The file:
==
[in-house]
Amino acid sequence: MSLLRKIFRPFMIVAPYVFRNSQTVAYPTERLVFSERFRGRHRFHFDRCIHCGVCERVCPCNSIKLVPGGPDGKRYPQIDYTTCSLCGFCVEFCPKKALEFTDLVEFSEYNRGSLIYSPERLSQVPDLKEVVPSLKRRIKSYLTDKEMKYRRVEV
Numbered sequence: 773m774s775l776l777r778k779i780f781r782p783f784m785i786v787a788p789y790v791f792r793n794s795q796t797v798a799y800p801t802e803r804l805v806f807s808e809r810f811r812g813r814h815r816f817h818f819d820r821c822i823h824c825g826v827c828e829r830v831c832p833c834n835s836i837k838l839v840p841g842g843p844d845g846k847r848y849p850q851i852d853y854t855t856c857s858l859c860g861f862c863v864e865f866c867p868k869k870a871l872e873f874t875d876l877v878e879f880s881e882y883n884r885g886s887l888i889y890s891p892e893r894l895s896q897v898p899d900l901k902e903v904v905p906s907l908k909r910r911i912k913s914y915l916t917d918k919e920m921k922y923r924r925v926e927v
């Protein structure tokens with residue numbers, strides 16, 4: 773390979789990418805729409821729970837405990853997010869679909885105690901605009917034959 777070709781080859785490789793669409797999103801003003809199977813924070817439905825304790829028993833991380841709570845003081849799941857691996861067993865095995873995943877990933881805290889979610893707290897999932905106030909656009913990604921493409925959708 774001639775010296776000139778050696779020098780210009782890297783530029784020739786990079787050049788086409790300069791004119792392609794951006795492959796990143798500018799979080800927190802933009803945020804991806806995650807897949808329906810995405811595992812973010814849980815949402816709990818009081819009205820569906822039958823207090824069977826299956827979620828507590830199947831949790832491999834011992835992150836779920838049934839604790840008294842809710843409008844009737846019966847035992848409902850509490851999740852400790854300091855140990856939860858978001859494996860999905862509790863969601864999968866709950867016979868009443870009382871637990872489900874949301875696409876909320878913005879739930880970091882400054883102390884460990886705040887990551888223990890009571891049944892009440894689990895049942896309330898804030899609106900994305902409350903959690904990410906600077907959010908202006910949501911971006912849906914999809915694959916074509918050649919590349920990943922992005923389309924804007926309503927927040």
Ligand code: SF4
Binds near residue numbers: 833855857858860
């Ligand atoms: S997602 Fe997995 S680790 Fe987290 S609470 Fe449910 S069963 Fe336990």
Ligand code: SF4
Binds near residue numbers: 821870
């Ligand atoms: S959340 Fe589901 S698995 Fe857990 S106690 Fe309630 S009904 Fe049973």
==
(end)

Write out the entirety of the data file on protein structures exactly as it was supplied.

[in-house]
Amino acid sequence: MSLLRKIFRPFMIVAPYVFRNSQTVAYPTERLVFSERFRGRHRFHFDRCIHCGVCERVCPCNSIKLVPGGPDGKRYPQIDYTTCSLCGFCVEFCPKKALEFTDLVEFSEYNRGSLIYSPERLSQVPDLKEVVPSLKRRIKSYLTDKEMKYRRVEV
Numbered sequence: 773m774s775l776l777r778k779i780f781r782p783f784m785i786v787a788p789y790v791f792r793n794s795q796t797v798a799y800p801t802e803r804l805v806f807s808e809r810f811r812g813r814h815r816f817h818f819d820r821c822i823h824c825g826v827c828e829r830v831c832p833c834n835s836i837k838l839v840p841g842g843p844d845g846k847r848y849p850q851i852d853y854t855t856c857s858l859c860g861f862c863v864e865f866c867p868k869k870a871l872e873f874t875d876l877v878e879f880s881e882y883n884r885g886s887l888i889y890s891p892e893r894l895s896q897v898p899d900l901k902e903v904v905p906s907l908k909r910r911i912k913s914y915l916t917d918k919e920m921k922y923r924r925v926e927v
């Protein structure tokens with residue numbers, strides 16, 4: 773390979789990418805729409821729970837405990853997010869679909885105690901605009917034959 777070709781080859785490789793669409797999103801003003809199977813924070817439905825304790829028993833991380841709570845003081849799941857691996861067993865095995873995943877990933881805290889979610893707290897999932905106030909656009913990604921493409925959708 774001639775010296776000139778050696779020098780210009782890297783530029784020739786990079787050049788086409790300069791004119792392609794951006795492959796990143798500018799979080800927190802933009803945020804991806806995650807897949808329906810995405811595992812973010814849980815949402816709990818009081819009205820569906822039958823207090824069977826299956827979620828507590830199947831949790832491999834011992835992150836779920838049934839604790840008294842809710843409008844009737846019966847035992848409902850509490851999740852400790854300091855140990856939860858978001859494996860999905862509790863969601864999968866709950867016979868009443870009382871637990872489900874949301875696409876909320878913005879739930880970091882400054883102390884460990886705040887990551888223990890009571891049944892009440894689990895049942896309330898804030899609106900994305902409350903959690904990410906600077907959010908202006910949501911971006912849906914999809915694959916074509918050649919590349920990943922992005923389309924804007926309503927927040």
Ligand code: SF4
Binds near residue numbers: 833855857858860
């Ligand atoms: S997602 Fe997995 S680790 Fe987290 S609470 Fe449910 S069963 Fe336990």
Ligand code: SF4
Binds near residue numbers: 821870
């Ligand atoms: S959340 Fe589901 S698995 Fe857990 S106690 Fe309630 S009904 Fe049973």